Saturday, August 26, 2023

Haiku Lectures

Throughout my long career, I often was grouchy that the news— print, radio, TV, later streaming— never thought to come visit the music classes at The San Francisco School. My colleagues James, Sofia and I set the stage for, witnessed and publicly praised a steady stream of miracles as children discovered parts of their extraordinarily expressive selves through song, dance, drama and music-making. Naturally, “if it bleeds, it leads” was then, now and forever the guiding North Star of the news and so I gradually came to accept that the lower chakras—food, sex, power— is the domain of the media. The upper ones of love, eloquence, wisdom are mostly not invited into the house and if they are, given a corner of the attic or basement. 


Not only because the public loves sensation, but because the very nature of the sound-byte culture, amplified geometrically with the coming of 24 hour news, makes it impossible to settle into the rhythm and pacing that genuine intelligence, emotion and spirituality require. Shows like 60 Minutes tried to offer a deeper dive into any topic, but who has the patience for that anymore?


So in a “be careful what you wish for moment,” I’ve had two live interviews in the past two days, jumpstarted by the screening of The Secret Song film at Cinequest Festival. One was CBS TV Morning News at 7:15 am Thursday and the other CBS Radio at 3:20 on Saturday. With questions only vaguely prepared ahead of time (and they changed), I had some 45 seconds to answer each question and the whole segment lasted some 2 to 3 minutes. Live. No retracing the sentence that jumped out. And trying to capture the essence of a message in a haiku-like form to get across some level of meaning beyond the expected clichés.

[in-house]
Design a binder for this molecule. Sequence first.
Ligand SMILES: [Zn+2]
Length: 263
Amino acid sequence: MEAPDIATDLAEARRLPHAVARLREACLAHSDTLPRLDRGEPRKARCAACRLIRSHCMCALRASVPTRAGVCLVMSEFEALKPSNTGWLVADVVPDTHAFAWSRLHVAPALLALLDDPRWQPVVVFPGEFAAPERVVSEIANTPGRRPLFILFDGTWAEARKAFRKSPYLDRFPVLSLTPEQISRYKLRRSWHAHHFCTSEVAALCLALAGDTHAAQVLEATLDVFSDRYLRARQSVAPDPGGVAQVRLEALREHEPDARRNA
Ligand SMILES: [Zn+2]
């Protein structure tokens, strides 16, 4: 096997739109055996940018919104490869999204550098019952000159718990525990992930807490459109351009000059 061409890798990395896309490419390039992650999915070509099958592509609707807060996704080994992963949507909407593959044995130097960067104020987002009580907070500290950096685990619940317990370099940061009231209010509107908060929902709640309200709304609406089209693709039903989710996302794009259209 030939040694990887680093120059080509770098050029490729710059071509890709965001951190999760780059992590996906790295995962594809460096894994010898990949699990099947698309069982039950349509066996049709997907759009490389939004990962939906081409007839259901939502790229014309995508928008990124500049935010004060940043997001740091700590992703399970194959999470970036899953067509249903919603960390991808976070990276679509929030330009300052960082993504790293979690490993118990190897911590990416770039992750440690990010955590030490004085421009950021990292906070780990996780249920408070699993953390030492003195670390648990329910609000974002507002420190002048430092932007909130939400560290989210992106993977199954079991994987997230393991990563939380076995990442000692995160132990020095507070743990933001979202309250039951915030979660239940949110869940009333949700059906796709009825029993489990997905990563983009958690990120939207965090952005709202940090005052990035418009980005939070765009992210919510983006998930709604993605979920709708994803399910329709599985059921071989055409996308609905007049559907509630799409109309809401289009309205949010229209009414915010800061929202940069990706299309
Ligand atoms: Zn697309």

Well, I did what I could. Got to see the TV one afterwards and it seemed okay. Just finished the radio one and nervous about hearing it, as I think I could have trimmed it a bit more. But in either case, my overall reaction is:


1) Just a micro-drop in the roaring stream of media that will hardly cause a ripple. 


2) That said, you never know who’s listening and it’s possible it might catch the right person’s ear to dive a bit deeper. (Oprah, did you hear it?) But I’m not waiting by the phone.


3) If my answers were less pithy and eloquent than they’d be with the option of editing, at least they were real. “I said it, I meant it, I’m here to represent it.”


4) Hopefully, at least a few people will be intrigued enough to go see the film and those 90 minutes are indeed enough to get the message. 


5) Dipping my toe into the media waters confirms what I already knew— our entire culture is ADD, leaping mindlessly from one sound-byte to another and absorbing virtually nothing of any value. 


And so my 30 seconds of fame as meaningless and shallow as I should have known it would be. Now back to the real work as I go off to teach 15 music teachers for one day to jumpstart their year into their own miracles to come. 


And that concludes our story… Back to you, Bob!


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